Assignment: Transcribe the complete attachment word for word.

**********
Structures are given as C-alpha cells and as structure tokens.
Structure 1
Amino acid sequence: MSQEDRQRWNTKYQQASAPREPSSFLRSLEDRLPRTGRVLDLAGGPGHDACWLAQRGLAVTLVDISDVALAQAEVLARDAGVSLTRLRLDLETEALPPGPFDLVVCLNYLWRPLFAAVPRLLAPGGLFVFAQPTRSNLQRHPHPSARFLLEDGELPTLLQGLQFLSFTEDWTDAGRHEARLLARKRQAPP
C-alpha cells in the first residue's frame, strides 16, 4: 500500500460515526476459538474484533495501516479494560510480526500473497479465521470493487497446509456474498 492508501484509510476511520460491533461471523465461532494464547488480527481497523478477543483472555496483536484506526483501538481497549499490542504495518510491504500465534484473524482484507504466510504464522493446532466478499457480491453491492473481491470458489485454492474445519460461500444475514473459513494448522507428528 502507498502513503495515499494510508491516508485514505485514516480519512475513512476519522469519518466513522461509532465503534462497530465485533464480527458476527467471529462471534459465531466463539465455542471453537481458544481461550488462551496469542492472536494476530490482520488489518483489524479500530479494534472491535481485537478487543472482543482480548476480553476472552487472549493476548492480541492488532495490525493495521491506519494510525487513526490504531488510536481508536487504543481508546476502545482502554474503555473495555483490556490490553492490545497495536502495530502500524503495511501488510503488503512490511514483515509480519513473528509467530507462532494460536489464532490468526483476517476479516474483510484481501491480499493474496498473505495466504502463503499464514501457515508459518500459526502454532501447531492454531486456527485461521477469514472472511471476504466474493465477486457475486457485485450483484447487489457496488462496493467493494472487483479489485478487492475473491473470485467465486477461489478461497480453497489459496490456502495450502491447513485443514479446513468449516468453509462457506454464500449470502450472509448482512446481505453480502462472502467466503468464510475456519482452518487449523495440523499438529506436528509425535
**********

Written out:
Structures are given as C-alpha cells and as structure tokens.
Structure 1
Amino acid sequence: MSQEDRQRWNTKYQQASAPREPSSFLRSLEDRLPRTGRVLDLAGGPGHDACWLAQRGLAVTLVDISDVALAQAEVLARDAGVSLTRLRLDLETEALPPGPFDLVVCLNYLWRPLFAAVPRLLAPGGLFVFAQPTRSNLQRHPHPSARFLLEDGELPTLLQGLQFLSFTEDWTDAGRHEARLLARKRQAPP
C-alpha cells in the first residue's frame, strides 16, 4: 500500500460515526476459538474484533495501516479494560510480526500473497479465521470493487497446509456474498 492508501484509510476511520460491533461471523465461532494464547488480527481497523478477543483472555496483536484506526483501538481497549499490542504495518510491504500465534484473524482484507504466510504464522493446532466478499457480491453491492473481491470458489485454492474445519460461500444475514473459513494448522507428528 502507498502513503495515499494510508491516508485514505485514516480519512475513512476519522469519518466513522461509532465503534462497530465485533464480527458476527467471529462471534459465531466463539465455542471453537481458544481461550488462551496469542492472536494476530490482520488489518483489524479500530479494534472491535481485537478487543472482543482480548476480553476472552487472549493476548492480541492488532495490525493495521491506519494510525487513526490504531488510536481508536487504543481508546476502545482502554474503555473495555483490556490490553492490545497495536502495530502500524503495511501488510503488503512490511514483515509480519513473528509467530507462532494460536489464532490468526483476517476479516474483510484481501491480499493474496498473505495466504502463503499464514501457515508459518500459526502454532501447531492454531486456527485461521477469514472472511471476504466474493465477486457475486457485485450483484447487489457496488462496493467493494472487483479489485478487492475473491473470485467465486477461489478461497480453497489459496490456502495450502491447513485443514479446513468449516468453509462457506454464500449470502450472509448482512446481505453480502462472502467466503468464510475456519482452518487449523495440523499438529506436528509425535